In general, I do not like babies. I like the cute ones, of course, the ones with about as much mobility as a kitten, sure, but above that, I have a general disdain for the newly arrived, which probably makes me the desired audience for “Blame.” Like the recent “Grace,” “Blame” also deals with women's issues. While admittedly “Grace” is more creative in its approach, “Blame” barrels down the 'abortion, love it or hate it' route, with a bland fury.
The film begins with Gloria and her daughter, Vicky, moving in with a fellow doctor and friend of hers from the local obstetrics clinic, Dr. Ana Torres. Ana is thought to be one of the most conservative of the doctors by the nurses in the clinic, but they are either completely wrong, or the translation of the film is bad, because upon moving in Ana eludes that sometimes women come to the clinic wanting abortions, and if they are less than 3 months along, she does the abortions for them. Ana asks Gloria how she feels about performing abortions and Gloria agrees reluctantly to assist Ana if she needs any help.
Gloria is made even more uncomfortable when Ana begins to make passes at her, trying to kiss Gloria goodnight and decorating a room where Vicky can sleep. Gloria also finds out that Ana has had previous tenants, but that they did not stay long and moved out suddenly. Ana's advances become even more forward and upsetting to Gloria, until she discovers that she herself is pregnant and has to face her own decision of whether to keep the pregnancy or have an abortion.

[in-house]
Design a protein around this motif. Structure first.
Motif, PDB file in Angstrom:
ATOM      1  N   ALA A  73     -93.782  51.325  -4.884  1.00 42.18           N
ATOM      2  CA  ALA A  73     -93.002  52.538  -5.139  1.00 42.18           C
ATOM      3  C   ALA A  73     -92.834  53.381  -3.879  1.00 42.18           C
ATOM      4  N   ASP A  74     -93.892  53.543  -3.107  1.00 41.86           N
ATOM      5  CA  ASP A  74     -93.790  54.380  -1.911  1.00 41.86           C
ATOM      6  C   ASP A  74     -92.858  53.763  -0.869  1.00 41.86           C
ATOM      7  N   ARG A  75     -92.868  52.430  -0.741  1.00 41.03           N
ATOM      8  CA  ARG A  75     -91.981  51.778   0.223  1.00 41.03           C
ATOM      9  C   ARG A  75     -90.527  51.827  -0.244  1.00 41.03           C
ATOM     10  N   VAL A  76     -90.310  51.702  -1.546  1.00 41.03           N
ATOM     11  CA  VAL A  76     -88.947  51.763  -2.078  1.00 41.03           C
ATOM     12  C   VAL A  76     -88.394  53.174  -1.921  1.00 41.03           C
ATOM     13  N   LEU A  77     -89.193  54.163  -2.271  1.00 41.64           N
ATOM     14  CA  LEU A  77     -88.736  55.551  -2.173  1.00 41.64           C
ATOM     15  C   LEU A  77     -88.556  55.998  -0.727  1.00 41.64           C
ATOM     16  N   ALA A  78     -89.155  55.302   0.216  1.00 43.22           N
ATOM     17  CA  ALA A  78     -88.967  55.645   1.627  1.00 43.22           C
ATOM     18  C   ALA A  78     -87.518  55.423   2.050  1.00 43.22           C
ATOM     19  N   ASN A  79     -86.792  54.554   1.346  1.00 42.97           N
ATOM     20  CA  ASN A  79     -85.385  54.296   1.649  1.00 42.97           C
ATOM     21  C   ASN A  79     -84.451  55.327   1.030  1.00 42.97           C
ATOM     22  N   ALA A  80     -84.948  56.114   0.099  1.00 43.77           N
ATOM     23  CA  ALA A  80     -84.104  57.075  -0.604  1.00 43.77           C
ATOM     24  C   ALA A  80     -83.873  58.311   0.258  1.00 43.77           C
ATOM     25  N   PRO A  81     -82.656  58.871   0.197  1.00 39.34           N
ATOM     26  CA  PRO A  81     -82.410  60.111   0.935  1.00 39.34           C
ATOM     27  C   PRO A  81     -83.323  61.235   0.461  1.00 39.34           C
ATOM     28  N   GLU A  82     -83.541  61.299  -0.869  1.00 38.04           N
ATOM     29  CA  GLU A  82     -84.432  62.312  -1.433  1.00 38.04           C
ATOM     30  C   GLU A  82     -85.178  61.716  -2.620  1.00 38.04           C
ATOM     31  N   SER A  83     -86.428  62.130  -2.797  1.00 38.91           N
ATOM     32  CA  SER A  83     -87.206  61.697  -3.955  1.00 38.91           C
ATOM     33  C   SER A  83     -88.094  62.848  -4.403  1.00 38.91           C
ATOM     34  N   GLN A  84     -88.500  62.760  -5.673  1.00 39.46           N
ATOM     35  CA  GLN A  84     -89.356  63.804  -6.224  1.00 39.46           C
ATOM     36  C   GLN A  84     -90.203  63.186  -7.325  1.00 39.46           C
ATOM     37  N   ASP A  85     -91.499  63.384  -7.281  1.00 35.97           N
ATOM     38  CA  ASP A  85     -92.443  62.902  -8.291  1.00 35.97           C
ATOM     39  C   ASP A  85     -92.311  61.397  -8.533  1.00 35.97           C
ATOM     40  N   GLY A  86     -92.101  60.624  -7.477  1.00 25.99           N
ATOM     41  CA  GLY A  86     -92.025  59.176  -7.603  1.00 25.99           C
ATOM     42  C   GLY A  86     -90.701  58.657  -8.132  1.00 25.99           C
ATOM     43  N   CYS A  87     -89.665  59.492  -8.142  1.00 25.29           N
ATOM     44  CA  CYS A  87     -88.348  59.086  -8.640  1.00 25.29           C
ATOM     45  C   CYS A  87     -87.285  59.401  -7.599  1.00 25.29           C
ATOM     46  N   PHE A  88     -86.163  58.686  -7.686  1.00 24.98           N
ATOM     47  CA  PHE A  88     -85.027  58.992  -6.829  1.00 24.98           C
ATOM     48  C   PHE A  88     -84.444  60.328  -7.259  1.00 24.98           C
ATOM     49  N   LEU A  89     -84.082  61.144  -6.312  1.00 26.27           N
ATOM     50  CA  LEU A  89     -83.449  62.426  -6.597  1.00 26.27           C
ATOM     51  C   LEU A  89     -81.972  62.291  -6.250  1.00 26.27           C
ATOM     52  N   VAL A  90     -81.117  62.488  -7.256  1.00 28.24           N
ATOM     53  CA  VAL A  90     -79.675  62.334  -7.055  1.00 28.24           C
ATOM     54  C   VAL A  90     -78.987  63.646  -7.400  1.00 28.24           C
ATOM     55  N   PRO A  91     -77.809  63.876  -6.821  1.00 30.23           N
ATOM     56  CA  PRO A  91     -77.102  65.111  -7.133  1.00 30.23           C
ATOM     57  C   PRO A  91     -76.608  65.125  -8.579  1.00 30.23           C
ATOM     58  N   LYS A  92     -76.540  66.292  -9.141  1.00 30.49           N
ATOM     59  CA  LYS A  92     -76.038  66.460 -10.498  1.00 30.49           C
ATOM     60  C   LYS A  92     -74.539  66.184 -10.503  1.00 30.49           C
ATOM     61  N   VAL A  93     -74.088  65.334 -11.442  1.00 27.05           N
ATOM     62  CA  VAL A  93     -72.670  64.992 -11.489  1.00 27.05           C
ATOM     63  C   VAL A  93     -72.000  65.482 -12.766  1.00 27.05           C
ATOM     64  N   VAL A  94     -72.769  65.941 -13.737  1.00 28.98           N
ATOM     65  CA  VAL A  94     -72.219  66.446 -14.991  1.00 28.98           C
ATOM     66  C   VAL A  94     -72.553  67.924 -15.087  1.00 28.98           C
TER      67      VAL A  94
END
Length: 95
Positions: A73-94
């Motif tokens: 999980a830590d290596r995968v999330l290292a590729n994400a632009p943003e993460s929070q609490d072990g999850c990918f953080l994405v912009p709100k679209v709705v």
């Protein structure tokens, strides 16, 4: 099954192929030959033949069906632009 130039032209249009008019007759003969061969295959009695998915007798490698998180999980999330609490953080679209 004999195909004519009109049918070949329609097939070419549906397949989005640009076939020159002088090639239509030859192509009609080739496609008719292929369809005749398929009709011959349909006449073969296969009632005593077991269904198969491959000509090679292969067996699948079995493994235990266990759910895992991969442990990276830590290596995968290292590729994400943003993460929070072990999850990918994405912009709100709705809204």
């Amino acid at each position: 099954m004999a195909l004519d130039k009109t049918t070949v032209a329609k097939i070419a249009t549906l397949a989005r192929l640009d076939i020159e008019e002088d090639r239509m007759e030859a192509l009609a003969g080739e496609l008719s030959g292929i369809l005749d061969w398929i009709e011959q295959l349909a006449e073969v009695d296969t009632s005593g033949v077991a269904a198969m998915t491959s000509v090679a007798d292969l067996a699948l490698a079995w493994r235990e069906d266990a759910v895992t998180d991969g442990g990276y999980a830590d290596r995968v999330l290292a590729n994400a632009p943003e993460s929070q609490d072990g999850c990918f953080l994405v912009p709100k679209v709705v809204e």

“Blame” is probably the least eventful of the “6 Films to Keep You Awake.” From the beginning there is barely any conflict to start with, there is friction between Ana and Gloria, but not enough to keep you interested. There are several creepy elements in the film, but it's uncertain from the beginning where the film is going. None of the creepy elements ever seem to culminate into a steady move in one direction. Instead it plays like a dartboard, throwing ideas at you and hoping to hit something that will sustain interest, which makes the ending completely unsatisfying. There are no rules set up at the beginning of the film to let the audience know the limits of the film and when the final scene comes, it hasn't given you any logic to build on the unfolding events, and therefore feels unearned. I have an idea of what this film was trying to tell me, but like most pro-life or pro-choice arguments it gets lost in the delivery.
I don't believe that director Narciso Ibanez Serrandor had any intention on making a horror film, or has ever made one to begin with, but I am wrong, because he also directed the 70's film “Who Can Kill a Child?” While I have heard that “Who Can Kill a Child” is solid, the only horror inspired element is a useless recreation of “The Shining's” tricycle scene. Other than that the elements are just not there. “Blame” focuses too much on the relationship between Ana and Gloria, of which, the tension bottoms out halfway through the film. It's all just a red herring that doesn't even sit right as a distraction, because the revelation at the end doesn't make any sense anyway. Agree with its message or not, “Blame” will fall flat for anyone who likes logic and plot.